An advance directive is a type of legal documents that explains how you’d like medical decisions to be made for you if you cannot do so yourself. You can have multiple documents, and in these, you essentially spell out how you’d like care to be given for end-of-life and other medical care directions for situations in which you are unable to make choices yourself.
Advance directives are used by your health care providers and loved ones, and they are meant to help you think about and plan for how you’d want to be cared for in various circumstances.
An advance directive may include the following information:
A durable power of attorney for health care: This document names a specific person to be your health care proxy. You appoint this person to make health care decisions for you in the event that you can’t make them yourself.
Directions for end-of-life care: This document gives directions about the kind of health care you want or don’t want at the end of your life. You can state which medical treatments you want to accept or refuse, if the time comes when you are unable to express these wishes.
After-death wishes. These documents state your wishes about issues important to you, such as organ and tissue donation, burial, cremation, etc.
It’s important to know that you can change your advance directives at any time, even after the documents are signed, as long as you are able to make decisions for yourself. Your situation may change, and your directives may need to change, too. Ideally, your advance directives become a standard element of your estate. You can review and update the documents as needed, like you may do with your will and other legal documents.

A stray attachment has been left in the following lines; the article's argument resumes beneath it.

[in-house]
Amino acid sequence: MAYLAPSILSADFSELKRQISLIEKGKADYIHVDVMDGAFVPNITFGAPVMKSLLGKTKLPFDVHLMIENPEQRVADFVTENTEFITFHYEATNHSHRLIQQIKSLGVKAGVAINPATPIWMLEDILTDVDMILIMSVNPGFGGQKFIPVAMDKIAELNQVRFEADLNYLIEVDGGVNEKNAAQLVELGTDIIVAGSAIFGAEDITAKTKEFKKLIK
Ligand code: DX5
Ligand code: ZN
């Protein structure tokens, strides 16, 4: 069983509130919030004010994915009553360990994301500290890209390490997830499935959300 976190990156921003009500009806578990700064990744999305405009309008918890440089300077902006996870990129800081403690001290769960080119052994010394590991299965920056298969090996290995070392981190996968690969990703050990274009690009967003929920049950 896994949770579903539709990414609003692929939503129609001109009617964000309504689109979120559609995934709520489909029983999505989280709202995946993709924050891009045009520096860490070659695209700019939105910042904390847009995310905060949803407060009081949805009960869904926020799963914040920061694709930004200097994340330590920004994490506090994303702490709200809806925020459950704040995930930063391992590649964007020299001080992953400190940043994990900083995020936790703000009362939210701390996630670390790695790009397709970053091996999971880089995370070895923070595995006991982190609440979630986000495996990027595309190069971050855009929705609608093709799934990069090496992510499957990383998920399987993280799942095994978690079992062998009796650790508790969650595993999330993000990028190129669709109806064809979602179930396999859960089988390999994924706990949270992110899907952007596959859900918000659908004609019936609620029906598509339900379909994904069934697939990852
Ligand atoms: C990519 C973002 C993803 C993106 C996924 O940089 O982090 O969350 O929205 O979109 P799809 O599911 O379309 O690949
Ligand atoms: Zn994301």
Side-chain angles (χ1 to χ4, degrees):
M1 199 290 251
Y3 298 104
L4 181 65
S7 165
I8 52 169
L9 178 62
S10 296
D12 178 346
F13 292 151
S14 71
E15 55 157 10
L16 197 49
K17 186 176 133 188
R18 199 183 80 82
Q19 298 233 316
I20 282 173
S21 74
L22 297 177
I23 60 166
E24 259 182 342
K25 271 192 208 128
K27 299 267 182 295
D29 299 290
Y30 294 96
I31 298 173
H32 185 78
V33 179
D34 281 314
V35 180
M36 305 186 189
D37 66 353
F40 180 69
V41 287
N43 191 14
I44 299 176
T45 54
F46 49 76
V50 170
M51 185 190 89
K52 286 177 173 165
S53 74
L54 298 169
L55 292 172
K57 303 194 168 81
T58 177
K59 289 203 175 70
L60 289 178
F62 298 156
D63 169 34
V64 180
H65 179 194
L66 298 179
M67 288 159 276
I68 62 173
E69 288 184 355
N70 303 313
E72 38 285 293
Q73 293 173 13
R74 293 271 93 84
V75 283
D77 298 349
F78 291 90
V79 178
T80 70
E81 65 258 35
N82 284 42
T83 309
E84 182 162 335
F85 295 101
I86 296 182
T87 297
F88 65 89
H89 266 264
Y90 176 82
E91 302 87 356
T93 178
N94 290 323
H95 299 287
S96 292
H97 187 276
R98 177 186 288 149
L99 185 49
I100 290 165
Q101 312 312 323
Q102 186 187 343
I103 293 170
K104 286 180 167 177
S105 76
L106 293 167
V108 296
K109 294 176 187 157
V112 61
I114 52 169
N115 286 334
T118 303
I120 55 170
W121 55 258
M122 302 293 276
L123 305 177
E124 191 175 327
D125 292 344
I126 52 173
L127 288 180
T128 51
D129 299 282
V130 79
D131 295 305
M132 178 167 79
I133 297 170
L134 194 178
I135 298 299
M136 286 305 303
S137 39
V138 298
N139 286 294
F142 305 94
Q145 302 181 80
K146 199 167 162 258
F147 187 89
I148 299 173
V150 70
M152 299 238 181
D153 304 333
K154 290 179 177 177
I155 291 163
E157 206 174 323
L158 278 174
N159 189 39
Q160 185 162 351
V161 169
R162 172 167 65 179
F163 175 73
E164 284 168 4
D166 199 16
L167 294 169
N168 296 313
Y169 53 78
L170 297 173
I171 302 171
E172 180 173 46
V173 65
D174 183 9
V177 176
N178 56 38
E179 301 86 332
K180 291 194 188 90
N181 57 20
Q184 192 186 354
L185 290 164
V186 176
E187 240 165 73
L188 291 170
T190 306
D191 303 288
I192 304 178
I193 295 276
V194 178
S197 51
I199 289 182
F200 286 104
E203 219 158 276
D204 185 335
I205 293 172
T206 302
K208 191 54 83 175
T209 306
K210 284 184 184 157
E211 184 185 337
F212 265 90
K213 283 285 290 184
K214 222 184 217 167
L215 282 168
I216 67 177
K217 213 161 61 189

Also, any clear verbal direction that you give to your physician will generally override your written advance directives, as long as you are able to decide for yourself and can clearly communicate your wishes.
Why is an advance directive important?
Advance directives aren’t easy to talk about. No one likes to think about being in a situation where directives might be needed. But it can also be very comforting to have the decisions made and in place—for you and for your family and friends. In the worst of times, advance directives may help ensure that your wishes are carried out. And your loved ones will be relieved from having to make difficult end-of-life decisions about you, without you.
The time to create advance directives is when you don’t need them—when you are well. You can start by learning about advance directives and the laws in your state. Your state or local Office on Aging is a good resource. Also, the National Hospice and Palliative Care Organization (NHPCO) offers free, state-specific advance directives and advice for communicating your wishes. A lawyer is not required to complete advance directives, but you do need to follow the laws in your state.
When you’re ready, you may want to reach out to family or other loved ones to help as you consider these important decisions. Once your advance directives are completed, be sure to provide a copy to your health care proxy and keep another copy in a safe place. You also need to ensure that a copy is placed in your medical record. Your doctor or the hospital where you will likely be treated can help you.
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